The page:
This is not a quiet place. Although we are in a rural setting, sounds reverberate throughout jungle.
This morning I woke up to what I thought were barking dogs. They were incessant and raucous, and I could not imagine what the uproar was all about. But they were not dogs.
They were monkeys. It is common for the head-honcho monkey to call his cohorts together each morning. They congregate in one area. Lucky me, this morning they got together behind the cabin.
Birds make various vocal noises all day long. There are a lot of them.
It is cicada season, a yearly phenomenon here. The creatures vocalize all day, the trilling a constant background cadence. Thankfully they are quiet once darkness descends.
Road racket pierces the jungle cacophony. Not constantly, but often. Trucks pass, cars drive by, occasionally a honking horn or loud motor blasts.
Plumbing and other household noises abound. The sinks and shower squeak, the toilet moans, the humidifier whirrs, the fan hums. Jungle debris falls on the tin roof with a thud and rain pings loudly on the roof.
On the other hand our cabin lacks TV or radio. We do not miss them.
The forest beckons, and today we peeked inside via a kayaking tour of the mangrove forests. We met in the town of Domenical and our guide Rachel asked if we wanted to follow her and drive to the launch site. We declined.
Smart move. Following a ten minute drive to the park, we drove another twenty minutes on a narrow, rutted dirt road to our destination. At one point we went over a rickety wood bridge maybe an inch wider than the car.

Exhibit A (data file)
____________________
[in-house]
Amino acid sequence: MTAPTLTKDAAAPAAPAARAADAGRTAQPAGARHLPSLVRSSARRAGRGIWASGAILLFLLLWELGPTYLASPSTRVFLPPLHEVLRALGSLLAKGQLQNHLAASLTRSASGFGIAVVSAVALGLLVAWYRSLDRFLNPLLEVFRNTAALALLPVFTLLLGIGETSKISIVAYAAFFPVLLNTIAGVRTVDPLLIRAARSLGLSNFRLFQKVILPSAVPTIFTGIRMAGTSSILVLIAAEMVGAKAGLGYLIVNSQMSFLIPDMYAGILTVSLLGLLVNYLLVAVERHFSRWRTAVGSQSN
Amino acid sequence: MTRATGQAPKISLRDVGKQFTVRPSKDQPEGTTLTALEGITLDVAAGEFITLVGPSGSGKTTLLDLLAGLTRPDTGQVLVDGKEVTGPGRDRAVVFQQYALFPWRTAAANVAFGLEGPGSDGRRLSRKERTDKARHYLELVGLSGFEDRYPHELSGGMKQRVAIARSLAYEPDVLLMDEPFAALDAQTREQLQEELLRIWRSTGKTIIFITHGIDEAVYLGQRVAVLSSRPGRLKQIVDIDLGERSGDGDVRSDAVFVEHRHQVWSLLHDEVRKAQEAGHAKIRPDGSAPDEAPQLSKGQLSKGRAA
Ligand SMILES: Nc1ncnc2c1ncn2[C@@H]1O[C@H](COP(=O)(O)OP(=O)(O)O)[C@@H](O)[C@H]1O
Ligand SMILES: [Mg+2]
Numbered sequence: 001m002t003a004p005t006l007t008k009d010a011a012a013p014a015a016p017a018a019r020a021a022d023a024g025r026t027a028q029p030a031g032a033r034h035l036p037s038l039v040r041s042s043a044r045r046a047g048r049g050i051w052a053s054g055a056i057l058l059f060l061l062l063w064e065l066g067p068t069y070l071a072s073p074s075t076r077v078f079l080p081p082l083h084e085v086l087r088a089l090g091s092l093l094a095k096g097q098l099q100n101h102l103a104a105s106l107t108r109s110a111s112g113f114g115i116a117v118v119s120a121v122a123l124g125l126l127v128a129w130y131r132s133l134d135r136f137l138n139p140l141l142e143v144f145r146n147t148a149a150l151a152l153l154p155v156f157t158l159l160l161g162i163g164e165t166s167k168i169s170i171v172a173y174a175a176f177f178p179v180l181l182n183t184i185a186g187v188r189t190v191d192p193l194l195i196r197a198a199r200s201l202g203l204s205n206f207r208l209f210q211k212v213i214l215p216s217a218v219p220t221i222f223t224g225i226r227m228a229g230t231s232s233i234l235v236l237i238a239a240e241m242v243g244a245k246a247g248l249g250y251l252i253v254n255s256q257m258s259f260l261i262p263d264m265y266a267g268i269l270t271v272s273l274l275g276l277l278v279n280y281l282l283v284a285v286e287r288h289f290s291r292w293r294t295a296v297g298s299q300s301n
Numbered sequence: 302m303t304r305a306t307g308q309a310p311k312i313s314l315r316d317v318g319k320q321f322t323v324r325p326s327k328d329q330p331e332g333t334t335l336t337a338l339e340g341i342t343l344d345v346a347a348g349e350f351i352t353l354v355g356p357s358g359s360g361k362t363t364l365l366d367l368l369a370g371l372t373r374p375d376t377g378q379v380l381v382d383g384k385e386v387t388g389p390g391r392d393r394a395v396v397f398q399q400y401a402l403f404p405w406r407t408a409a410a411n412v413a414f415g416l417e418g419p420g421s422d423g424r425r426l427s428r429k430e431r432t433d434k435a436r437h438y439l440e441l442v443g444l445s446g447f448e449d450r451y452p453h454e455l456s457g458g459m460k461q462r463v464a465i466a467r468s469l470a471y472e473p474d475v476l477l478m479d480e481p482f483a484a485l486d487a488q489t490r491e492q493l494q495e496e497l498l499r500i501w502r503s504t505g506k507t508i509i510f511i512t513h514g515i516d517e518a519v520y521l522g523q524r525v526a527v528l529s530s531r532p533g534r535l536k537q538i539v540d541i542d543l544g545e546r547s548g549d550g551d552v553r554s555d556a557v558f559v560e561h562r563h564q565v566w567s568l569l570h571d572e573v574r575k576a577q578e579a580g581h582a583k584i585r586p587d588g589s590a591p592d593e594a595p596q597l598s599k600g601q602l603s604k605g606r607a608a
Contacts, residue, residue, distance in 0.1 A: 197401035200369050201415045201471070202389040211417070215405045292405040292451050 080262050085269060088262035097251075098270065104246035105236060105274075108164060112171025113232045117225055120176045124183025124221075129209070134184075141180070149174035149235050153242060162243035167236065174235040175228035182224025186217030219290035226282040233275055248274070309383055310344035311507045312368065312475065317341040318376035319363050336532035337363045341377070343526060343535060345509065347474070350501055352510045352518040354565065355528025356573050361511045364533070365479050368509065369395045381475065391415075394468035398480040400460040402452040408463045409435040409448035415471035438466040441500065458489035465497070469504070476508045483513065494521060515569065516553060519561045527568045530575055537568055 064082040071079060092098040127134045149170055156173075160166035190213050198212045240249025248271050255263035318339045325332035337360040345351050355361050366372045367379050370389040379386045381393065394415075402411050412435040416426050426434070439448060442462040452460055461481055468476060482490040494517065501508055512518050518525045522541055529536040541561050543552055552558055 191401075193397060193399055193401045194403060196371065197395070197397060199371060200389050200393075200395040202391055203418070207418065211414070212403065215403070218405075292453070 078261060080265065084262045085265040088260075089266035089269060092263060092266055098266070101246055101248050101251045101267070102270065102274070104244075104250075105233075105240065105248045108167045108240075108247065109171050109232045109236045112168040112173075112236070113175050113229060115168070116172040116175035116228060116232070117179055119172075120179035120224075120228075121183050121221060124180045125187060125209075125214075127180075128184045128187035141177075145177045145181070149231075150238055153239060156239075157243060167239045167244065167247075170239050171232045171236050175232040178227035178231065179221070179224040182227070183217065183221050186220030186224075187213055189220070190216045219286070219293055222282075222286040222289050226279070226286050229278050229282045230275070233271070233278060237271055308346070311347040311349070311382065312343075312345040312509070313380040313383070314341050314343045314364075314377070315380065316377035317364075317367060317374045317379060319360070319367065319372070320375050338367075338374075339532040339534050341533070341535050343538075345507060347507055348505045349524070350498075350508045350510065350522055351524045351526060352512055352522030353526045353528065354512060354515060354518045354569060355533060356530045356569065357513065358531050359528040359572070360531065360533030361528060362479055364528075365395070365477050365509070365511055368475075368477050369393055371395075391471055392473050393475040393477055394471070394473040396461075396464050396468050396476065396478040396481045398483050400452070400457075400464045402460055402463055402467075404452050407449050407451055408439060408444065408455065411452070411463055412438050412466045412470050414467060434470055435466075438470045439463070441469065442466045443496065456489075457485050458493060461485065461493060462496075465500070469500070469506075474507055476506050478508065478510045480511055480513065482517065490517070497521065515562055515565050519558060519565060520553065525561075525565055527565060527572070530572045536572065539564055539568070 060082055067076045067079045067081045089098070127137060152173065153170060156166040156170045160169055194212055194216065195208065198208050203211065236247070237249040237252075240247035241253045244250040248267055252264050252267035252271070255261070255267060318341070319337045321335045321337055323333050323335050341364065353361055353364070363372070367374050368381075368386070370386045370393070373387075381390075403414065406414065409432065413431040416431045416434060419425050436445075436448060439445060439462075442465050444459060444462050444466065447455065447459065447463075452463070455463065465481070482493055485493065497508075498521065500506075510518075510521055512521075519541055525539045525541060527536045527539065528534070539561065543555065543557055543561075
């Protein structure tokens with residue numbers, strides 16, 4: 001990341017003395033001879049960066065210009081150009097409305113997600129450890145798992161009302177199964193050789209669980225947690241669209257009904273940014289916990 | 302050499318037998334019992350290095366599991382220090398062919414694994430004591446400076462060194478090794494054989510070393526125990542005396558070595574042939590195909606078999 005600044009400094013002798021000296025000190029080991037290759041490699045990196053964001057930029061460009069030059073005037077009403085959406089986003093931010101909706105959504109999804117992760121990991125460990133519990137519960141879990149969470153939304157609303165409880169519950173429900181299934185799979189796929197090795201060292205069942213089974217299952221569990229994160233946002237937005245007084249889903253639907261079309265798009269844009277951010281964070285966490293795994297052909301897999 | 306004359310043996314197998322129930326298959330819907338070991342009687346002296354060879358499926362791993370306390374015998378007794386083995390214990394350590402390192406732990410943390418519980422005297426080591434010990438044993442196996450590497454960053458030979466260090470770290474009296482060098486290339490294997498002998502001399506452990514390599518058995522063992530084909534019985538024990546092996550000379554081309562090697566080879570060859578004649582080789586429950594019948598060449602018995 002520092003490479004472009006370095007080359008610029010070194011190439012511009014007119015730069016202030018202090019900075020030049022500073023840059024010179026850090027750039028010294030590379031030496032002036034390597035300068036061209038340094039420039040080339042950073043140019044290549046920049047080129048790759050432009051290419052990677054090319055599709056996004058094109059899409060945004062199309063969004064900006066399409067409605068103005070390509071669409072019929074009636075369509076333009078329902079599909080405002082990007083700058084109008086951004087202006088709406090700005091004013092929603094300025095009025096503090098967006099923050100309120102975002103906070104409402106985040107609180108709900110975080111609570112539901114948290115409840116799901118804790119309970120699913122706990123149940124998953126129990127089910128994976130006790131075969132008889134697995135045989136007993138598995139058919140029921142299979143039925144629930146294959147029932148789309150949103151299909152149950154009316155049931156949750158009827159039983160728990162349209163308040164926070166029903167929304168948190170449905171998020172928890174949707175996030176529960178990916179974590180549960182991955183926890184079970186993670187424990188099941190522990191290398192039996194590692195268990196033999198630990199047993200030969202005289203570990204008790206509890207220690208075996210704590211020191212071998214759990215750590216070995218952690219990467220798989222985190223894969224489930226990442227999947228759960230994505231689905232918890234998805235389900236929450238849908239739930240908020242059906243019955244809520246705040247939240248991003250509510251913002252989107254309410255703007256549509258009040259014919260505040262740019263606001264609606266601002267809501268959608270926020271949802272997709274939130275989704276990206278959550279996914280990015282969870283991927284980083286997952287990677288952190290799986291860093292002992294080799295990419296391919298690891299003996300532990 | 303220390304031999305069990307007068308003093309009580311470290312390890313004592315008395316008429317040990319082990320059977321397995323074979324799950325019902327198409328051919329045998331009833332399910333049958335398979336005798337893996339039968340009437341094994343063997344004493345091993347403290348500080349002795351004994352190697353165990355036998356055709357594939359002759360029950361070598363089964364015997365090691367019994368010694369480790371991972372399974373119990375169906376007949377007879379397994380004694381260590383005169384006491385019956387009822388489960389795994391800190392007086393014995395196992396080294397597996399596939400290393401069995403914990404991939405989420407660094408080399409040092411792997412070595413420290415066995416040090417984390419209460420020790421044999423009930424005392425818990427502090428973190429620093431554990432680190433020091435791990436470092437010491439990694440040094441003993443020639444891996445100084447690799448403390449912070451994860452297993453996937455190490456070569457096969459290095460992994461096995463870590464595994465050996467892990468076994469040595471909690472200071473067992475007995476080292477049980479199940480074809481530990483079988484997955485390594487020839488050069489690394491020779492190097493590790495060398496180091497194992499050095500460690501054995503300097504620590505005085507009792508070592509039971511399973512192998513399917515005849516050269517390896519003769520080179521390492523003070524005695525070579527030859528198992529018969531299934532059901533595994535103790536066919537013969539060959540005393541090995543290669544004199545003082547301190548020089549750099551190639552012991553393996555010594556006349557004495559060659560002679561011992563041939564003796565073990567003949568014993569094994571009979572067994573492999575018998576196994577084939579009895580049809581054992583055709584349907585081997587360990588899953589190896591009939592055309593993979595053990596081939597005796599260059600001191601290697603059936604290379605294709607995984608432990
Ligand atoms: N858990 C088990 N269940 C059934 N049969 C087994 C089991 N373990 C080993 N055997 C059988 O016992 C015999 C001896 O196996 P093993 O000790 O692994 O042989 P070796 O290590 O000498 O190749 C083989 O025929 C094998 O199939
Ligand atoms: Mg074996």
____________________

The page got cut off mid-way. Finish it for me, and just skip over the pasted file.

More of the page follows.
The first part of the trip we barely paddled, cruising with the current on serene waters. Rachel pointed out birds, lizards and other critters hidden in the dense vegetation. After a while we could no longer be lazy, the waterways requiring paddling as we glided along narrow estuaries.
A group of at least two dozen monkeys leaped from tree to tree above us, eventually crossing the water and continuing their journey to a hidden destination.
When the main road in this area was paved years ago, overhead lines covered with vegetation were created so the monkeys could travel around the forest unhindered. Tunnels constructed under the road serve a similar purpose for earth-bound creatures.
Returning to our starting point, a table full of fresh fruit awaited us - pineapples, bananas, papayas, mangoes, oranges. All fresh, sliced, and ready to eat. I am eating well and healthy without any effort or feelings of deprivation or denial.
Another day steeped in wonderful, tasty food, local lore, flora and fauna.
I am losing track of the days, and the time of day.